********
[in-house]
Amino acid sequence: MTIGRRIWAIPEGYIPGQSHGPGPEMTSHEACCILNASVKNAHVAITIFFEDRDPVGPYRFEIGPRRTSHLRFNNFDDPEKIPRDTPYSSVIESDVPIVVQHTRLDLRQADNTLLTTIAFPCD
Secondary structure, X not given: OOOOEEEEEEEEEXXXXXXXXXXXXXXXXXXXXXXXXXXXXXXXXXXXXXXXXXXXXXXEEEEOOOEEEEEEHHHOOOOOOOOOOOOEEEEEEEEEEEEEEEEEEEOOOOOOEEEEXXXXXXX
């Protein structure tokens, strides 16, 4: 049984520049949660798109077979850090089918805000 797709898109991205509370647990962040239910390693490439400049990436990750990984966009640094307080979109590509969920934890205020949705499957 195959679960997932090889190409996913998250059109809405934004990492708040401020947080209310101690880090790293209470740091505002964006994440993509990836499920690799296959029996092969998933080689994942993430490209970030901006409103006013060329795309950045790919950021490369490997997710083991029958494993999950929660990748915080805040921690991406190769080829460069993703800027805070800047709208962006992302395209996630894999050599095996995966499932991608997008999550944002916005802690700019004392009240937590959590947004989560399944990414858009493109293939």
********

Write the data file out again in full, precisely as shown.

[in-house]
Amino acid sequence: MTIGRRIWAIPEGYIPGQSHGPGPEMTSHEACCILNASVKNAHVAITIFFEDRDPVGPYRFEIGPRRTSHLRFNNFDDPEKIPRDTPYSSVIESDVPIVVQHTRLDLRQADNTLLTTIAFPCD
Secondary structure, X not given: OOOOEEEEEEEEEXXXXXXXXXXXXXXXXXXXXXXXXXXXXXXXXXXXXXXXXXXXXXXEEEEOOOEEEEEEHHHOOOOOOOOOOOOEEEEEEEEEEEEEEEEEEEOOOOOOEEEEXXXXXXX
């Protein structure tokens, strides 16, 4: 049984520049949660798109077979850090089918805000 797709898109991205509370647990962040239910390693490439400049990436990750990984966009640094307080979109590509969920934890205020949705499957 195959679960997932090889190409996913998250059109809405934004990492708040401020947080209310101690880090790293209470740091505002964006994440993509990836499920690799296959029996092969998933080689994942993430490209970030901006409103006013060329795309950045790919950021490369490997997710083991029958494993999950929660990748915080805040921690991406190769080829460069993703800027805070800047709208962006992302395209996630894999050599095996995966499932991608997008999550944002916005802690700019004392009240937590959590947004989560399944990414858009493109293939």